Investors need to sell the properties bought at the auction and usually do so through a Realtor. It’s common practice for the Realtor who has assisted through them through the BPO or otherwise to get the listing. Even investors with a buy and hold strategy need a Realtor to find renters. Either way, the investor needs a Realtor.

Tales from the Trenches: It can be like winning the lottery!
Mark Skilling

I know a Realtor who worked for a well-oiled auction investor. In exchange for daily BPOs on auction properties (that took about an hour of work each morning), the Realtor received all of the investor’s listings, and there were a lot of them. The Realtor’s commissions for those early morning BPOs and the listings that followed – a million dollars. They joked that it was like he won the lottery.

Tales from the Trenches: Investors need agents
Sean O’Toole

Although I am a licensed broker in California, when I was actively buying properties at trustee sale, I always used a listing agent. This was largely because I relied on the expertise of a local agent for valuation information to insure that I was not overpaying at trustee sale. I also did this because E&O insurance would not cover me for properties where I had over a 25% ownership interest. I paid my listing agent over a million dollars in listing side commissions over a three year period.

Provide Services to Short Sale and REO Investors

Find Active Investors both before (Short Sale) and after (REO) the Foreclosure Sale

As the frequency of short sales grow, so too do the opportunities to find deals that can be flipped or held as rental properties. The same holds true for REO properties, as the banks may become more motivated to move them off the balance sheet. Just like with the auction investor, all of the same reasons are there for a short sale and REO investor to partner with a Realtor who knows the market. These investors need to find the short sale and REO opportunities, know the retail property values, know the condition of the property and neighborhood, manage the property after acquisition, and ultimately need to sell or lease. Here again, the investor needs a Realtor.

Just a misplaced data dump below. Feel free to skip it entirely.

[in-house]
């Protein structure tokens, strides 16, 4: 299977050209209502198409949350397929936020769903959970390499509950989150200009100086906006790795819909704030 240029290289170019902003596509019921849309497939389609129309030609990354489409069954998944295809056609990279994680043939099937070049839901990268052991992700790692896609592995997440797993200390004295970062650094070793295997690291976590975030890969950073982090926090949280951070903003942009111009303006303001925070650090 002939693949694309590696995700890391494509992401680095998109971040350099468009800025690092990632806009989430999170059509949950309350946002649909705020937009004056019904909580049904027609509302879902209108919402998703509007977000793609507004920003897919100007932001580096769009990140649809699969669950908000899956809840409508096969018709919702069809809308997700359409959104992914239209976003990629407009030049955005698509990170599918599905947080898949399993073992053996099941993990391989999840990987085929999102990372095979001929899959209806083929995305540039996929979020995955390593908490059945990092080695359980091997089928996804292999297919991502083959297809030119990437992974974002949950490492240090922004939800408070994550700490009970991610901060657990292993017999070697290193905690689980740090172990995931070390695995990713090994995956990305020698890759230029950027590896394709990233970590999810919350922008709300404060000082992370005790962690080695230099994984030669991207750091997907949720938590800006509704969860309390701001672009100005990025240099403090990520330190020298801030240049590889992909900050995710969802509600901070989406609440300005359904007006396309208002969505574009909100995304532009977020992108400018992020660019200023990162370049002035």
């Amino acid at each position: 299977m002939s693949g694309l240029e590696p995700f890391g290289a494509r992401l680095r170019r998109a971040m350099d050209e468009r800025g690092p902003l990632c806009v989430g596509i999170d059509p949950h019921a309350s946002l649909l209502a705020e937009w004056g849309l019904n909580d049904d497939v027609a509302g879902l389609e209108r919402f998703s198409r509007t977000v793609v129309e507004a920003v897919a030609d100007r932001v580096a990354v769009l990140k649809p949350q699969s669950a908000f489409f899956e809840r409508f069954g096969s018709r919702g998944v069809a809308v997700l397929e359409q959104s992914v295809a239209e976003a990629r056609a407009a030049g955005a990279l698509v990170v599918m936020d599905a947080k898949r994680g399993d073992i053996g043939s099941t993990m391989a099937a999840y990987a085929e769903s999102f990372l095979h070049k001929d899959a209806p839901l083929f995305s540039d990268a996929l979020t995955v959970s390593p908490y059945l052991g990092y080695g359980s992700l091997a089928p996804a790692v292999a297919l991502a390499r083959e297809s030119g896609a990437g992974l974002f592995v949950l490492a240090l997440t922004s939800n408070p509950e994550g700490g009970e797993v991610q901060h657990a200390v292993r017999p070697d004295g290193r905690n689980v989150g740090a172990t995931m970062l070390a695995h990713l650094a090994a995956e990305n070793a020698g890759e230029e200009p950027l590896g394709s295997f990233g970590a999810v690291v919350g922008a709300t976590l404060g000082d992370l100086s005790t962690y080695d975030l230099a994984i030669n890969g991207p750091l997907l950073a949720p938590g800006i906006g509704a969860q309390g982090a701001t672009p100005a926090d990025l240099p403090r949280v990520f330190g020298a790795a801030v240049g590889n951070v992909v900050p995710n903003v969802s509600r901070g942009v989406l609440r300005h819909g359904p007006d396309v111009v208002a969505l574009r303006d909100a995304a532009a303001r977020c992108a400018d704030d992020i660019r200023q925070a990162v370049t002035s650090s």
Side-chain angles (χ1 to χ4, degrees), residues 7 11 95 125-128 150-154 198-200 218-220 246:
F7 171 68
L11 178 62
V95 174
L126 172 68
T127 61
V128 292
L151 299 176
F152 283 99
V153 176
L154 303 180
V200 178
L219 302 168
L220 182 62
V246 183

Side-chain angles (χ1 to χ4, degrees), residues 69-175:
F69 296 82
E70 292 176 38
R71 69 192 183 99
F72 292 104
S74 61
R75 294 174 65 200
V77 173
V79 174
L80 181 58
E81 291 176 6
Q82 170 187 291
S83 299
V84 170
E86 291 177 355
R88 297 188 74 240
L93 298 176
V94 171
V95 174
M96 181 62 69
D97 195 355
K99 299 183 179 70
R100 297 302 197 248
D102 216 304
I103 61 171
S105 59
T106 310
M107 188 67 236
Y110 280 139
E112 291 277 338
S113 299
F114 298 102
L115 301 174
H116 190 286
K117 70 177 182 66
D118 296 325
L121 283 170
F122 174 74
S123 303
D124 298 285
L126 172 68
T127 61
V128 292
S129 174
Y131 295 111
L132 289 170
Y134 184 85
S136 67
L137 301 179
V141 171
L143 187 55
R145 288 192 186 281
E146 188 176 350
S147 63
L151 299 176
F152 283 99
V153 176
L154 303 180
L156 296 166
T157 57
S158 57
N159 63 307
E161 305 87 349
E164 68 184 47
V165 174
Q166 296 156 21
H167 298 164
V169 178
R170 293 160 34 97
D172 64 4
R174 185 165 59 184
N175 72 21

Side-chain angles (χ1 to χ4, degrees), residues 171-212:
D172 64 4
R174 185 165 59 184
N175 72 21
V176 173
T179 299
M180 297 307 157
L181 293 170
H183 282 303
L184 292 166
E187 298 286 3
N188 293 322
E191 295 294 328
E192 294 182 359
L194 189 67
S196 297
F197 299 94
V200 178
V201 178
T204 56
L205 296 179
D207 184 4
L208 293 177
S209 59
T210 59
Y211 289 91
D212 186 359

Avoid Liability

Understanding the risks

It is important to understand the risks associated with buying at trustee sale. This is less important if you are working with a seasoned auction investor than if you are working with an investor that is new to auction investing. If you are unfamiliar with the auction process and the inherent risks you may not want to work with a new investor.

Opinions vs. Facts

It is critical that you never provide legal, tax or other advice that you are not qualified to offer. An auction investor, however seasoned, is still a client and you should refrain from making any statement you are not qualified to make.

It is always a good idea to partner with an attorney, CPA or other professional that can offer tax and legal advice to your client. This includes shorts sale sellers and auction investors. A partnership with an attorney or CPA could also provide reciprocal referrals.

Did this answer your question?